Despite Diary, Former Priest Denies Affair
By Lona O'Connor
Palm Beach Post (Florida)
December 12, 2004
As much as possible, Frank Flynn has put his past behind him.
He now lives in Brevard County, outside the reach of the Palm Beach Diocese, in a modest two-story condominium. He drives an older-model car. His neighbors know him as Frank, just another retired guy in the community, like them.
On a sunny afternoon, he ushers a stranger into his home with a big welcoming smile. But the smile clouds over once introductions are made and the topic is announced.
"How did you find me?" he asks. "I've worked very hard at being anonymous. People here don't know who I am."
For the last few years, he has shuttled between his family home in County Roscommon, Ireland, and Florida, helping his brother and sister nurse his ailing mother. She died last year.
Three years ago, Flynn had quadruple bypass heart surgery. Sitting in an easy chair in his living room, he outlines the long scars on his left arm and his chest. He takes walks around the neighborhood to stay fit.
"But my energy level is not the same as it was," he adds.
With all the traveling, he lost touch with his friends in Palm Beach County. Lately, he's been studying Irish history.
He attends Mass, as a civilian.
Short, jovial and plump, he is the classic model of the Irish priest. He was held in great affection by many of his parishioners even after his troubles became public.
He insists that nothing improper occurred between him and Pat Hittel, though he had very fond feelings for her.
"I was too emotional to preach her funeral," he says.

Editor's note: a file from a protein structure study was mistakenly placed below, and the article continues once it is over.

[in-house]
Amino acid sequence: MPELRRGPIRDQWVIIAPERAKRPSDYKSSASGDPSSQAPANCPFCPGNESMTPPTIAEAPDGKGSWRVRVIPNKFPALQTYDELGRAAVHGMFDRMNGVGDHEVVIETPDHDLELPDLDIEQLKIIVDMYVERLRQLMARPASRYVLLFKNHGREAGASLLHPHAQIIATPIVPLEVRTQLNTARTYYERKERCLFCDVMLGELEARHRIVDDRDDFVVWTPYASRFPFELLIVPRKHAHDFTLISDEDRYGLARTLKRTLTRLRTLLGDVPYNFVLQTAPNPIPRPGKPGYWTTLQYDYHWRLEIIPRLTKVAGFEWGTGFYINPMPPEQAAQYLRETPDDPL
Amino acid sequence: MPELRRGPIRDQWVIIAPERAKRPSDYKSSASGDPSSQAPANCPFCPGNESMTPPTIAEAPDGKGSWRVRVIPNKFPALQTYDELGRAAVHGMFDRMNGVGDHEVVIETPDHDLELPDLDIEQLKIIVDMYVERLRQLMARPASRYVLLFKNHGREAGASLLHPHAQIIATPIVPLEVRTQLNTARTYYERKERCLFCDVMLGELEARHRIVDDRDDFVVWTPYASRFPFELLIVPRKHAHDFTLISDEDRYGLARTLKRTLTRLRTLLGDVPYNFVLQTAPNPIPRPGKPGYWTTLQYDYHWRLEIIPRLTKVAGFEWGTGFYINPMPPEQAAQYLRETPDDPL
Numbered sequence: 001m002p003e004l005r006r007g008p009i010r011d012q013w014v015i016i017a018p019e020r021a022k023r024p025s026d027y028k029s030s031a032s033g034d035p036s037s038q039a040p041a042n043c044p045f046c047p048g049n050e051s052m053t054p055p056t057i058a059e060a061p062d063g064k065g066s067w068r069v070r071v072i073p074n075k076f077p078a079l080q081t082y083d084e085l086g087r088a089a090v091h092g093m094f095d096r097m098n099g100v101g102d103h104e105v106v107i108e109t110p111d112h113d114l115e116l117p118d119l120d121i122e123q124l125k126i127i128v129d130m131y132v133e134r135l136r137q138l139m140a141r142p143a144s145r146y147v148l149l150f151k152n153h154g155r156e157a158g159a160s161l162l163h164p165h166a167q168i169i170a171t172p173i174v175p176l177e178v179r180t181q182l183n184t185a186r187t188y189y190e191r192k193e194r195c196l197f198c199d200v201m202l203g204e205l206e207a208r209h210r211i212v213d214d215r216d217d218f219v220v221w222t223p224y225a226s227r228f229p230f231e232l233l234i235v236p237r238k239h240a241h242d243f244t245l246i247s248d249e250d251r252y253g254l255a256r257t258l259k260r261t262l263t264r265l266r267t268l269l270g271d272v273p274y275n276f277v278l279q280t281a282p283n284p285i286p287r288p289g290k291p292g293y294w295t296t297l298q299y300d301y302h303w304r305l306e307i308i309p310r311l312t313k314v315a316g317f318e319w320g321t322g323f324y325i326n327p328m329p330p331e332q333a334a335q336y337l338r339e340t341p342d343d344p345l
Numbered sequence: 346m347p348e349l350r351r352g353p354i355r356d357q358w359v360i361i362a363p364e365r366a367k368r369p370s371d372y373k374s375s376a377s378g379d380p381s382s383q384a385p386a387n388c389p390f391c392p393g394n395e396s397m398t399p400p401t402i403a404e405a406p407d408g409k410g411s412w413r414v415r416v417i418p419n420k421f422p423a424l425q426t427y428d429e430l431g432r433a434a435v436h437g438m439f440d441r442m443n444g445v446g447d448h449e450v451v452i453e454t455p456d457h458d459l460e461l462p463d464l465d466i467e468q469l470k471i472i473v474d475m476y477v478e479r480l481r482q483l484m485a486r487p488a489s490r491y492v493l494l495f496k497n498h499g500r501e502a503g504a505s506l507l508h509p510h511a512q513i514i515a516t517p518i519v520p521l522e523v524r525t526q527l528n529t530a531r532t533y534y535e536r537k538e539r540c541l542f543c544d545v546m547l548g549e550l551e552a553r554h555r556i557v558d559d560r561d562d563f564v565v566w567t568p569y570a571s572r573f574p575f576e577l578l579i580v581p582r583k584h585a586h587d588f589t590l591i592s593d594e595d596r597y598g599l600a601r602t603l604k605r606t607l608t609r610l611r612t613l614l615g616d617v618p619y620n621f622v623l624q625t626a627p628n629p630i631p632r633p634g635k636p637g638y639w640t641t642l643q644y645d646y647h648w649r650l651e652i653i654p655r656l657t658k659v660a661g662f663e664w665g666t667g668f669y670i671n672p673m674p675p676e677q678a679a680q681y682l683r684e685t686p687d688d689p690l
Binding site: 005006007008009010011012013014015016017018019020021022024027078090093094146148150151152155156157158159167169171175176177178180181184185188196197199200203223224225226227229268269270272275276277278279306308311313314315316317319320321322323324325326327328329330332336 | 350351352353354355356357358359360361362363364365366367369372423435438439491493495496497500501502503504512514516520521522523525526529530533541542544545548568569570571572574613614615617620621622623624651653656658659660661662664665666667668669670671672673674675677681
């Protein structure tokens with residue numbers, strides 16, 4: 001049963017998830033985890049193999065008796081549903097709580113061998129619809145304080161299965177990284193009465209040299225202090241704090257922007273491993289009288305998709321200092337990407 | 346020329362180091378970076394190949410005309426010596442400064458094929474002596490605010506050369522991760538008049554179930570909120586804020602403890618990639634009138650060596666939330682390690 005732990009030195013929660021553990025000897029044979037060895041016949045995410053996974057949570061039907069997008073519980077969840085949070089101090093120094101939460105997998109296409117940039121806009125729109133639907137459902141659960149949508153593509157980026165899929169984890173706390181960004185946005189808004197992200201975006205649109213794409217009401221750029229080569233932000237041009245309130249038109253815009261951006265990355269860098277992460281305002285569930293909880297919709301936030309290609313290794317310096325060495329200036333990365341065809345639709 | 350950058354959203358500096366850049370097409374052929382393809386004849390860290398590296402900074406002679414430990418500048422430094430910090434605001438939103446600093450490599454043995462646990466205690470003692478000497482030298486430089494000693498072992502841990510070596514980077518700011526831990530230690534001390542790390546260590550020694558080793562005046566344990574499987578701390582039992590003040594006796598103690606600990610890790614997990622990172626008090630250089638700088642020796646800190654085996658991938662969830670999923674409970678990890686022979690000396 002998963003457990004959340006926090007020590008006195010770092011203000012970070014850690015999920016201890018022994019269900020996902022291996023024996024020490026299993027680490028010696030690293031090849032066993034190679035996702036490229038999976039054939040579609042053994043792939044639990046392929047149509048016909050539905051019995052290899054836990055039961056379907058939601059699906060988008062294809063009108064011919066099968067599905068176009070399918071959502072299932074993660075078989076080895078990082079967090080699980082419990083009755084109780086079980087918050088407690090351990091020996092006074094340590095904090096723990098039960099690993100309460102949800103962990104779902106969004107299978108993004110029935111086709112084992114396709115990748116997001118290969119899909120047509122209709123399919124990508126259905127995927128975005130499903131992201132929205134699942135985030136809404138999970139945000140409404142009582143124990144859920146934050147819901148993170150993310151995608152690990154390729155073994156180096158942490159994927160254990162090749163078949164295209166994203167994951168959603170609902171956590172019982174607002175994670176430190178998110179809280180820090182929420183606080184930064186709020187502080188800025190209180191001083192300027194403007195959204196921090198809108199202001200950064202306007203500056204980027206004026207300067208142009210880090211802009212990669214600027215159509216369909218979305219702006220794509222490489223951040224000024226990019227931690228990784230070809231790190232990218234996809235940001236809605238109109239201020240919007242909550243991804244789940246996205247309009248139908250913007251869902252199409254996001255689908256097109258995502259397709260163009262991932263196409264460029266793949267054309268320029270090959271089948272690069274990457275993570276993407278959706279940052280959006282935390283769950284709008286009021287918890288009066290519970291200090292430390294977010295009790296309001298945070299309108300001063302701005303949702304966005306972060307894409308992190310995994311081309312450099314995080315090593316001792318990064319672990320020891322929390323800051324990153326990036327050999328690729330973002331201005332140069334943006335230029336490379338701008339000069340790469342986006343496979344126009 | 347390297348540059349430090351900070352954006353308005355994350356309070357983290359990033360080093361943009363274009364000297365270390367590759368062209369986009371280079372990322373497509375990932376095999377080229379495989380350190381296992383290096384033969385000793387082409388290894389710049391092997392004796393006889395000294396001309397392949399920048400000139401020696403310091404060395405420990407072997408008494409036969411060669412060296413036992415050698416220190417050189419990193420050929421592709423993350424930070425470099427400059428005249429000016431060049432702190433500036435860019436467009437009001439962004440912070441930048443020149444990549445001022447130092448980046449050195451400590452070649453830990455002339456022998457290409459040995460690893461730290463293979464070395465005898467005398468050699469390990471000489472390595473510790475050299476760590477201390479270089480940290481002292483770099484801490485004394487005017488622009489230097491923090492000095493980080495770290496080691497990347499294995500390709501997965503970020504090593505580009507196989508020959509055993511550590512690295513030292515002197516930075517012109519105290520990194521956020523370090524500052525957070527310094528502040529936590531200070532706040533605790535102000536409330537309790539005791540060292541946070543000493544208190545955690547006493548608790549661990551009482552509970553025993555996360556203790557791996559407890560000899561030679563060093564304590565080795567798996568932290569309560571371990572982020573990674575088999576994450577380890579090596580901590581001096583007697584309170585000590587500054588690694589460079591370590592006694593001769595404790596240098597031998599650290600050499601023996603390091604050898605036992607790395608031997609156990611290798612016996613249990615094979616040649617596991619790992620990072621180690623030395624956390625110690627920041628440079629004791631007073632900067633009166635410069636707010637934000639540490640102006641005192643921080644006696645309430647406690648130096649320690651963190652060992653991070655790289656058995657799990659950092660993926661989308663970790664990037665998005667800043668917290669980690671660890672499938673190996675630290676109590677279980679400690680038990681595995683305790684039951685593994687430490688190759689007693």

She and another woman used to drive up from Fort Lauderdale to study religion with him, but he says he was seldom alone with Pat Hittel and never sensed that she harbored any inappropriate feelings for him.
"If I had, I would have broken off the relationship."
He recalled only an occasional friendly hug or kiss between them, nothing more.
"I don't feel a guilt about Pat at all," he says, adding that his memories are "positive rather than negative."
He thinks about her from time to time, as he does other people from his past.
He said Bob Hittel showed him only a few entries from Pat's diary, the ones that seemed to prove the affair, at least to Hittel.
"I said, 'Are you sure it's about me?' The family information about the number of my siblings was wrong. That led me to believe that I wasn't the person."
He goes on to say that he finds it hard to believe she could have an affair with anyone.
"That's not the Pat Hittel that I knew. She was very loyal to Bob."
Flynn said he informed Bishop Keith Symons of Hittel's accusation.
"He asked me the details and left it at that," he says.
Seven years later, with accusations of other incidents accumulating, Symons terminated Flynn as a priest.
"I have a clear conscience on this," Flynn says.
Psychiatrist Michael O'Hara, who treated a woman who became deeply depressed after having an affair with Flynn, has quite a different view.
"He's a liar, a very dishonest man," says O'Hara, whose client attempted suicide several times and finally admitted the affair to O'Hara after months of treatment.
Hers was one of the two cases involving Flynn that were settled by the diocese. The psychiatrist is confident that Flynn admitted the affair with O'Hara's patient to then-Bishop Thomas Daily, leading to the settlement. After the settlement, the woman moved to another state.
"Frank Flynn has destroyed himself. He will never have credibility again in his life," says O'Hara. "Morally and spiritually, God will decide."
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